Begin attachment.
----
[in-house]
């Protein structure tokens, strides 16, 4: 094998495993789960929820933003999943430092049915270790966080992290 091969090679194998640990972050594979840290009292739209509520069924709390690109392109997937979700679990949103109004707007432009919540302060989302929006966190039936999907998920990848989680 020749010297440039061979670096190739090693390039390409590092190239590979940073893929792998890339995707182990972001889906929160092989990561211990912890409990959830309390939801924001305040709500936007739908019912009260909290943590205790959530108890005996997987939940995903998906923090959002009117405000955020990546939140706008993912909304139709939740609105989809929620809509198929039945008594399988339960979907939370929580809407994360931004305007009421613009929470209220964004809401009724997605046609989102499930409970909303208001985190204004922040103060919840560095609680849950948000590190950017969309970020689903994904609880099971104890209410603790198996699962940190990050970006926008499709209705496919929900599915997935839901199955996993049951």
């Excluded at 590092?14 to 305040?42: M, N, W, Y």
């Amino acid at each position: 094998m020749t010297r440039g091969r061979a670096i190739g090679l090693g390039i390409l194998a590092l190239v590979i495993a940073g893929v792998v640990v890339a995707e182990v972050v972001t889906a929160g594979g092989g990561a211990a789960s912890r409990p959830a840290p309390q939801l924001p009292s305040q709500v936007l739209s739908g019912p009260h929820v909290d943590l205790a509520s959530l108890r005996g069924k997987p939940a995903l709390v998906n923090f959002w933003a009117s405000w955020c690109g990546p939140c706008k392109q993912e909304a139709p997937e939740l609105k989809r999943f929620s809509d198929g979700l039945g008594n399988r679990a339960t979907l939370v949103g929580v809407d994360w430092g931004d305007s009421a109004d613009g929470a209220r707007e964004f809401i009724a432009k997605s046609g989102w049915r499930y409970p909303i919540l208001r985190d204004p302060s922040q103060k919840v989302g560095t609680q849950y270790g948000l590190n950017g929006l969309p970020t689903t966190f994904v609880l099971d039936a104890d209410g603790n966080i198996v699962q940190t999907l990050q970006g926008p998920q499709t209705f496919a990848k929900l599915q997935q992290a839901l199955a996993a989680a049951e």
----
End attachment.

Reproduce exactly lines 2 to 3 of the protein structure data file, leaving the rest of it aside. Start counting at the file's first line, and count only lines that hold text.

């Protein structure tokens, strides 16, 4: 094998495993789960929820933003999943430092049915270790966080992290 091969090679194998640990972050594979840290009292739209509520069924709390690109392109997937979700679990949103109004707007432009919540302060989302929006966190039936999907998920990848989680 020749010297440039061979670096190739090693390039390409590092190239590979940073893929792998890339995707182990972001889906929160092989990561211990912890409990959830309390939801924001305040709500936007739908019912009260909290943590205790959530108890005996997987939940995903998906923090959002009117405000955020990546939140706008993912909304139709939740609105989809929620809509198929039945008594399988339960979907939370929580809407994360931004305007009421613009929470209220964004809401009724997605046609989102499930409970909303208001985190204004922040103060919840560095609680849950948000590190950017969309970020689903994904609880099971104890209410603790198996699962940190990050970006926008499709209705496919929900599915997935839901199955996993049951």
């Excluded at 590092?14 to 305040?42: M, N, W, Y």